A 60-year-old man returns for a follow-up related to his diagnoses of rheumatoid arthritis and chronic gout of his right ankle and foot, without tophi. He reports the gout flares have subsided in his ankle. He takes 450 mg of allopurinol daily. He has rheumatoid factor-positive rheumatoid arthritis, which previously affected multiple sites, without organ or systemic involvement. He says he has mild joint swelling and pain in his arms and legs upon getting up in the morning. His pain severity is at a 3 on a 10-point scale. He says the pain lasts for 15–20 minutes while he is getting dressed. He is currently on 10 mg of methotrexate weekly for his rheumatoid arthritis and feels he has improved since his last visit.
Past Family History: His father, who is no longer living, also suffered from gout.
Past Social History: The patient does not smoke or use any tobacco products. He does not drink alcohol.
Review of Systems
- Constitutional: Negative for chills, pallor, fatigue, fever, weight gain or loss;
- Neurologic: Negative for weakness or symptoms of neuropathy;
- Respiratory: Negative for cough, dyspnea, chest pain when breathing, wheezing;
- Gastrointestinal: Negative for anorexia, nausea, emesis, hematemesis, diarrhea, constipation, melena, abdominal pain, dysphagia, reflux, indigestion or heartburn;
- Skin: Negative for rashes or hair loss; and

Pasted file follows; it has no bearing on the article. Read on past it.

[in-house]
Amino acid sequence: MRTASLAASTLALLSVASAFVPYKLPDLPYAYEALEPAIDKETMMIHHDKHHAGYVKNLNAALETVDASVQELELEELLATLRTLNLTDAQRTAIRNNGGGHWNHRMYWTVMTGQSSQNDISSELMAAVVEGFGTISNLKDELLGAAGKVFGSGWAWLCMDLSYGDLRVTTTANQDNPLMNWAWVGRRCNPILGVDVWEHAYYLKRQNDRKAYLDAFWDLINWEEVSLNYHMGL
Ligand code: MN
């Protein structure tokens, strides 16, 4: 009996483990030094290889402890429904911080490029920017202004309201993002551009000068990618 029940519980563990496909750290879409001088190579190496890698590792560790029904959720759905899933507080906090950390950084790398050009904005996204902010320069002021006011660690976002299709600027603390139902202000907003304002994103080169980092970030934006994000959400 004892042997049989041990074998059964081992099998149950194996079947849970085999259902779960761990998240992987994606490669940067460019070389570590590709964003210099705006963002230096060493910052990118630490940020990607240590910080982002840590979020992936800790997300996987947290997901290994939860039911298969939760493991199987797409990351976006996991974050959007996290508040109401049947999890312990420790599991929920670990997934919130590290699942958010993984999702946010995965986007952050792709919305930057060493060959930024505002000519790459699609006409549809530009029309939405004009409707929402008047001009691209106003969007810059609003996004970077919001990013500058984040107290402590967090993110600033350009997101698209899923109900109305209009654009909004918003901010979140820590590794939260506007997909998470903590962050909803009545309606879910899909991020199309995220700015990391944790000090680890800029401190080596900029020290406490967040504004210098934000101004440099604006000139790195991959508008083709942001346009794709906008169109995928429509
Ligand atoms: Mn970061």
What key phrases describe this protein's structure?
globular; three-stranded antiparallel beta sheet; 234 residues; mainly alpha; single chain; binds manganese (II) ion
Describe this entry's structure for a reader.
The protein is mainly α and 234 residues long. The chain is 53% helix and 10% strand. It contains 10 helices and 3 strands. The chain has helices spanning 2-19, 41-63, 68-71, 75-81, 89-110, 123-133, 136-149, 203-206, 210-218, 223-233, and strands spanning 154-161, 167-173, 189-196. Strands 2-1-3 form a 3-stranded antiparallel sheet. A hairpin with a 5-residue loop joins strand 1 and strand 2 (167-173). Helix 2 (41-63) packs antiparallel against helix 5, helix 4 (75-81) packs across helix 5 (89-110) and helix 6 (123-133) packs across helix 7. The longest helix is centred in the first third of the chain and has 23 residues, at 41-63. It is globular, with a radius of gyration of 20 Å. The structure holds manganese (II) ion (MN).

- Musculoskeletal: Negative for back pain or muscle pain. Positive for symptoms noted above, including mild right ankle pain and swelling.
General/Constitutional: The patient’s blood pressure is 122/80, weight is 216 lbs., temperature is 97.2° F, and he rates his pain at 3 on a 10-point scale. The patient is well nourished and well developed.
Musculoskeletal: The patient’s left ankle has slight swelling and slightly decreased range of motion (ROM). His left foot has mild swelling, no pain and mildly reduced joint ROM. He has no other joints with swelling or tenderness. The patient can bear his full weight without pain.
Cardiovascular: The patient’s heart has a regular rate and rhythm with no murmurs or friction rubs.
Respiratory: The chest sounds are symmetric, and the lungs are clear on auscultation.
Abdomen: The abdomen is soft with no masses or evidence of an enlarged liver or spleen.
Impression: The patient’s rheumatoid arthritis is well controlled, and his gout is improved, but with slight residual ankle swelling.
Radiologic Procedures: The left foot X-ray from the prior visit is reviewed and shows a heel spur and soft tissue swelling.
Laboratory Studies Reviewed: The test results from the previous visit, including a complete urinalysis, uric acid, C-reactive protein, ESR, CMP, CBC, differential and platelet count, are reviewed.
The patient’s gouty arthropathy is improved. The patient’s present uric acid level is 4.0. The treatment is 450 mg of allopurinol daily and 0.6 mg of colchicine one or two times daily for acute flare. The rheumatologist emphasizes the importance of daily adequate hydration and maintaining a low purine diet. Different options for diet and an exercise plan are discussed. The rheumatologist orders new labs, uric acid and CBC and liver function tests to monitor methotrexate. The importance of calling for an appointment if he has an acute flare—so the fluid can be aspirated from the joint for crystal analysis—is stressed. The patient will continue taking 10 mg of methotrexate weekly for his rheumatoid arthritis.
Is this a level 99213 or 99214?
Editor’s note: Case vignettes presented in the Coding Corner are created to illustrate questions about coding. They are not intended to represent the full medical record of a case.